Meanwhile, the Legislature rejected plans to restore full services at three senior citizen nutrition sites targeted for cutbacks in the new year: at St. John’s African Methodist Episcopal Church, Niagara Falls; Tuscarora Nation House on the reservation; and Summit View Apartments, Wheatfield.
Originally proposed for shutdown by Office for the Aging Director Kenneth M. Genewick, the sites will now be open three days a week.
Shirley J. Hamilton, president of the Niagara Falls chapter of the NAACP, sent a letter pointing out that two of those three sites serve primarily minority residents.
She called for elimination of patronage jobs and duplicative county services, with some departments offering the same services in Lockport, Niagara Falls and North Tonawanda.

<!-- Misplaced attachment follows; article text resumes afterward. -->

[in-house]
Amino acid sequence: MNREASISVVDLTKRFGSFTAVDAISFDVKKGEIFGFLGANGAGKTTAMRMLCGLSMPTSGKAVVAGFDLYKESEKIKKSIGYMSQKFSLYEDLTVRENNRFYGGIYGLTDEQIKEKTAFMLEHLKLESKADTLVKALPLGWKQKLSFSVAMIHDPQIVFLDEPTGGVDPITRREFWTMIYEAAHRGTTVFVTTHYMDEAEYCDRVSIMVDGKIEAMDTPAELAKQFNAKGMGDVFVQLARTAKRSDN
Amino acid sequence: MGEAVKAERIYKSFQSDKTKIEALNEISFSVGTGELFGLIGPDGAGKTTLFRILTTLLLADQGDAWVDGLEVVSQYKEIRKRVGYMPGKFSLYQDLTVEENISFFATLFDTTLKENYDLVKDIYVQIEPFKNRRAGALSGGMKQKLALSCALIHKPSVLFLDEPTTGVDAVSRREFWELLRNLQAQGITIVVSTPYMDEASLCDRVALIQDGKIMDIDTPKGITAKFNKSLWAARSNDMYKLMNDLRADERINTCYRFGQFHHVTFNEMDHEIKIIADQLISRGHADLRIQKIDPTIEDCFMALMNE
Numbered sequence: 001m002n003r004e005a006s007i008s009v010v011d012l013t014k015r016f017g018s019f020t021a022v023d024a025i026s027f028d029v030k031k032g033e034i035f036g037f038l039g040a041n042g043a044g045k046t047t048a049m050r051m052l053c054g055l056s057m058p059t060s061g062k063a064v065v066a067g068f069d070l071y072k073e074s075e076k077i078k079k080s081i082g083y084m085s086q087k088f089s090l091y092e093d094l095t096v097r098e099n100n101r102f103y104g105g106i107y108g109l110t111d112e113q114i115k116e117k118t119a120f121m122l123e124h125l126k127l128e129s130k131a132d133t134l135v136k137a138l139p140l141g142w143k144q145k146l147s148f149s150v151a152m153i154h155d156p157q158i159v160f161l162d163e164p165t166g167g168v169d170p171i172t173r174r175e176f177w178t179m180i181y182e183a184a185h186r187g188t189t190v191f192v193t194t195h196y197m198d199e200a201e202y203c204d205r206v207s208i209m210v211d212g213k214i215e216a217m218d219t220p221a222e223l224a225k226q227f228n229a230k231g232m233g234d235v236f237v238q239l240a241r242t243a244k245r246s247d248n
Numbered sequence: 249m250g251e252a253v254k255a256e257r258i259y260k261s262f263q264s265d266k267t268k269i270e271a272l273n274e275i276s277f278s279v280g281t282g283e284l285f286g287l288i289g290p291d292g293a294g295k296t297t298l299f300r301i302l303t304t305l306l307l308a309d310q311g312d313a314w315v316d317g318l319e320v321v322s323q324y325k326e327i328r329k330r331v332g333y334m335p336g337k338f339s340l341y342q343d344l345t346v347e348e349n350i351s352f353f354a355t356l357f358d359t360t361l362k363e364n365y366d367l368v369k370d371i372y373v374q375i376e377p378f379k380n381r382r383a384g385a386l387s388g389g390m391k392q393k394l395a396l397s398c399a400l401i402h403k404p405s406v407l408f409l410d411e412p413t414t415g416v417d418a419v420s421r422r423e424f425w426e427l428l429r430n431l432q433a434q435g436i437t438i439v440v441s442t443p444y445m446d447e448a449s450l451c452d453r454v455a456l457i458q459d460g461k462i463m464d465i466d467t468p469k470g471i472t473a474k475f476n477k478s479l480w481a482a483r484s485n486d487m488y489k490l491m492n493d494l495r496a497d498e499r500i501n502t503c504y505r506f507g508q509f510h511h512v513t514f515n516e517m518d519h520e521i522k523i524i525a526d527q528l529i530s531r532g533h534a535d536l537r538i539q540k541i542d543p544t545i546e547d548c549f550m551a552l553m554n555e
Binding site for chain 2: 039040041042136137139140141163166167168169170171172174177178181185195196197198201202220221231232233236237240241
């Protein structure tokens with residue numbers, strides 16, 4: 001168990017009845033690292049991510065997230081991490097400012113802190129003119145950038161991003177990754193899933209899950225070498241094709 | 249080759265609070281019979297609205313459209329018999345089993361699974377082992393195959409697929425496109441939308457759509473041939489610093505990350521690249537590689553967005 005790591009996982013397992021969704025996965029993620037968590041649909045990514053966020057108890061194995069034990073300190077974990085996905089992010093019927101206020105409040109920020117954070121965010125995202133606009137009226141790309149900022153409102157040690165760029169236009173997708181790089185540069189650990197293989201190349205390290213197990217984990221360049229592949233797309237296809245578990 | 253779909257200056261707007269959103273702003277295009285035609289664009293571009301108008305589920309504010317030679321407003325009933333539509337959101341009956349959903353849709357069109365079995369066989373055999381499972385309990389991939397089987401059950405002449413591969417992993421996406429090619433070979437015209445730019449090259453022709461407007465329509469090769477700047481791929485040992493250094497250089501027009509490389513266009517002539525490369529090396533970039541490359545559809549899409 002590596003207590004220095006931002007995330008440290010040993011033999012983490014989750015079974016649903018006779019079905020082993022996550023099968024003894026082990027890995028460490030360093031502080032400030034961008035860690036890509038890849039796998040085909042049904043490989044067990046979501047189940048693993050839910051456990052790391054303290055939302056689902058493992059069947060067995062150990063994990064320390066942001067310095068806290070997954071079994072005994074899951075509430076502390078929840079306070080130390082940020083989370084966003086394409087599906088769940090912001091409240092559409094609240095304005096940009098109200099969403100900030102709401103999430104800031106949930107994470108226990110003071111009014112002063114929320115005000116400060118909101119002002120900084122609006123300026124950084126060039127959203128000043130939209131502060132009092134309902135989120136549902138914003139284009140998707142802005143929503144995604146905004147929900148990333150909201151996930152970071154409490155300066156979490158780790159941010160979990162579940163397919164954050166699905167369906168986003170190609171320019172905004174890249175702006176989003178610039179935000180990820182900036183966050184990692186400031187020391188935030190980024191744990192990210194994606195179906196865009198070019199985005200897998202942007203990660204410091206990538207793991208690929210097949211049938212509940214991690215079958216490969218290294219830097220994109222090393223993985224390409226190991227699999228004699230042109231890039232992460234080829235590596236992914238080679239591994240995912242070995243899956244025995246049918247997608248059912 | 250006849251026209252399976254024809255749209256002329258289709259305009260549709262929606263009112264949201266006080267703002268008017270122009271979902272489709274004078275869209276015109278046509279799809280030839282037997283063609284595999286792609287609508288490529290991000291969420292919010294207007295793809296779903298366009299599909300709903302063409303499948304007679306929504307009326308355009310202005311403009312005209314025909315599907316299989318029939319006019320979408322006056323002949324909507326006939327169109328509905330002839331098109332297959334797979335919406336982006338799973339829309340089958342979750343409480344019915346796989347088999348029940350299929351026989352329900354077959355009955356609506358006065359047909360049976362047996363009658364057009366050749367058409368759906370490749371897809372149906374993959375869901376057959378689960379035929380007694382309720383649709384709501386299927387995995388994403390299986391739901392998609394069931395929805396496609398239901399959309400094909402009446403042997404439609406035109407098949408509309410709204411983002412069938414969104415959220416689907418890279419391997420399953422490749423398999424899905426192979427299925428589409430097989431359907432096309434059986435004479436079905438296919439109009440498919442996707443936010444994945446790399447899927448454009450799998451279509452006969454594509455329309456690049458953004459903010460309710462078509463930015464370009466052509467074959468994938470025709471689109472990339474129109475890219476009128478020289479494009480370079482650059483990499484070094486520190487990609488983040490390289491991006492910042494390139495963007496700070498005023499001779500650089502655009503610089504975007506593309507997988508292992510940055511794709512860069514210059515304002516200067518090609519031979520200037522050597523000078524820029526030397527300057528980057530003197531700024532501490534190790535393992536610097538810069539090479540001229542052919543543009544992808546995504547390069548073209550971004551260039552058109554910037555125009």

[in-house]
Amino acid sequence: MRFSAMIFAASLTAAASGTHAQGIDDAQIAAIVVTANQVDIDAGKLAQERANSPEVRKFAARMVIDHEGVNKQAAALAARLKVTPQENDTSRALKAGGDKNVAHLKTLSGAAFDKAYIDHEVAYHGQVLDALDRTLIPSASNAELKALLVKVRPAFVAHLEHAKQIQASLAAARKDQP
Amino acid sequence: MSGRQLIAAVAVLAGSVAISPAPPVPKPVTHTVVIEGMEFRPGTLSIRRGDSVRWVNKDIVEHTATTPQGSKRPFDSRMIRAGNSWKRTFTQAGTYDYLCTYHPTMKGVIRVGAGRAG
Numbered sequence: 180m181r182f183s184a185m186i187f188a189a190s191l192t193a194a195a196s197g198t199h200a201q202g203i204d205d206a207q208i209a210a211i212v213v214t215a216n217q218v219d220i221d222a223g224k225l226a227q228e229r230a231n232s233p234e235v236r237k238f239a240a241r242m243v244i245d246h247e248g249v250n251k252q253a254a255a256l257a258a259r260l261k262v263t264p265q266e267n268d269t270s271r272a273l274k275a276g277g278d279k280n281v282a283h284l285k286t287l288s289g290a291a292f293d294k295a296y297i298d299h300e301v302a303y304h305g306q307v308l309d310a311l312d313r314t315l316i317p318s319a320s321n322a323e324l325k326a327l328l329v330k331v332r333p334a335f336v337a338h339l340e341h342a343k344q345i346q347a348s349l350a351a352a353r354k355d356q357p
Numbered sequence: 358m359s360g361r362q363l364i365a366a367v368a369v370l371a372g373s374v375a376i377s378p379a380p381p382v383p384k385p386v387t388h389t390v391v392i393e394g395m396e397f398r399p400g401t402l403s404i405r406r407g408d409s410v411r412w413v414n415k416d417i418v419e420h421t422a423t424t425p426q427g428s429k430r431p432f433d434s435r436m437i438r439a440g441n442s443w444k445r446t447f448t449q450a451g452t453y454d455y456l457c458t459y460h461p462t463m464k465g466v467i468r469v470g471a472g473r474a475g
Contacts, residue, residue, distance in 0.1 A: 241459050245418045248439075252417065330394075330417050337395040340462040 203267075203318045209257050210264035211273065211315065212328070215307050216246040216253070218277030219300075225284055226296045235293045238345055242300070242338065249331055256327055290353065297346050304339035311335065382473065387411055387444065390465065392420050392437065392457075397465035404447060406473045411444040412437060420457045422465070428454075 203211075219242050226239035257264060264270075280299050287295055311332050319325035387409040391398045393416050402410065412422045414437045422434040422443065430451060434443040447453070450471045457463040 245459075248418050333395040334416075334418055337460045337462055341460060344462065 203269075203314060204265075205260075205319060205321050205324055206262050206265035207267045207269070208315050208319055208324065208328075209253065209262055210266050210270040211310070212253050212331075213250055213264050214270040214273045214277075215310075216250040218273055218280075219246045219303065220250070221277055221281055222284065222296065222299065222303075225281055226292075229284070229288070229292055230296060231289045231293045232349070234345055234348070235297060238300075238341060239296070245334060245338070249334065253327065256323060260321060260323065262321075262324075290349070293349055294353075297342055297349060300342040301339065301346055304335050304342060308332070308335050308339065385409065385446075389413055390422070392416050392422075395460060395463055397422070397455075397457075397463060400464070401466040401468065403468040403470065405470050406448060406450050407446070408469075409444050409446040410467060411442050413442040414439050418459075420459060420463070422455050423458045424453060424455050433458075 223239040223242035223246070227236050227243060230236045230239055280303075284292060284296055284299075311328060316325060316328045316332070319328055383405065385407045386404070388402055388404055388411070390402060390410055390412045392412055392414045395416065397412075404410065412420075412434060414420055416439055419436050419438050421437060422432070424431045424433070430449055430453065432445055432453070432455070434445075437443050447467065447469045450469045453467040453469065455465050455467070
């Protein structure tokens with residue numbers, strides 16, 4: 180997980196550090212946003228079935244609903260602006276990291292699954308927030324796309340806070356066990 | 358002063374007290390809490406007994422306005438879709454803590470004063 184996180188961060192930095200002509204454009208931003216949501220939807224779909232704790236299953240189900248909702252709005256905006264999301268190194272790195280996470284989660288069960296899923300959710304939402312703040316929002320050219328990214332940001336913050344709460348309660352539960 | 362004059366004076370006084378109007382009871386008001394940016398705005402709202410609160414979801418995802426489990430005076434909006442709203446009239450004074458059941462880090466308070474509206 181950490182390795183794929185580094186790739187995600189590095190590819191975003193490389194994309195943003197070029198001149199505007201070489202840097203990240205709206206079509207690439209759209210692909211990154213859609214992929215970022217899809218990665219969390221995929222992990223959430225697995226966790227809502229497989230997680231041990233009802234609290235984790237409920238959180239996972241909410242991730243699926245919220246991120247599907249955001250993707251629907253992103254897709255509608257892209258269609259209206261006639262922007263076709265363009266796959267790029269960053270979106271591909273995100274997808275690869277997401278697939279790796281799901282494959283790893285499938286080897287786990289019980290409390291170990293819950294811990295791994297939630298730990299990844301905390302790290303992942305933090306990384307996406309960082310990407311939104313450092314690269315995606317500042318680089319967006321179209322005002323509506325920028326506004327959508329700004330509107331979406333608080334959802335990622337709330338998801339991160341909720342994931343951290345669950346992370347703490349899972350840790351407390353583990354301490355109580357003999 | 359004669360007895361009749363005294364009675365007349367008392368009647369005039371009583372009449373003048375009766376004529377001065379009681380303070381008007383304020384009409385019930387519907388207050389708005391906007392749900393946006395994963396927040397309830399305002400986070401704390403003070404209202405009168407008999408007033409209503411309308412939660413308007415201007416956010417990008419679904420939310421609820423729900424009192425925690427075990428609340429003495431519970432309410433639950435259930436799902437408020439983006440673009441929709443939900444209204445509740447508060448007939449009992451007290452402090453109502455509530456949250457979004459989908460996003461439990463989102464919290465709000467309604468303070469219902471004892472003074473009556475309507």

Restoring of a part-time nutrition aide position to the budget was defeated, 10-5, with Cheree J. Copelin, R-Niagara Falls, and Legislature Chairman William L. Ross, C-Wheatfield, joining the three Democrats on the losing side.
“Instead of cutting these programs, we should be looking to improve them,” Steed said.
The Legislature agreed to create a new full-time deputy sheriff position to patrol exclusively in Wheatfield, with the town paying the full $88,244 cost of salary and benefits.
Also, the Legislature majority refused to cut the pay of the administrator of the Conflict Defender’s Office, even though the incumbent, Robert M. Pusateri, is retiring. Also, it gave a 33 percent raise to part-time personnel officer Joseph A. Vacanti Jr., from $15,000 to $20,000 a year. The Democrats sought to delete that raise.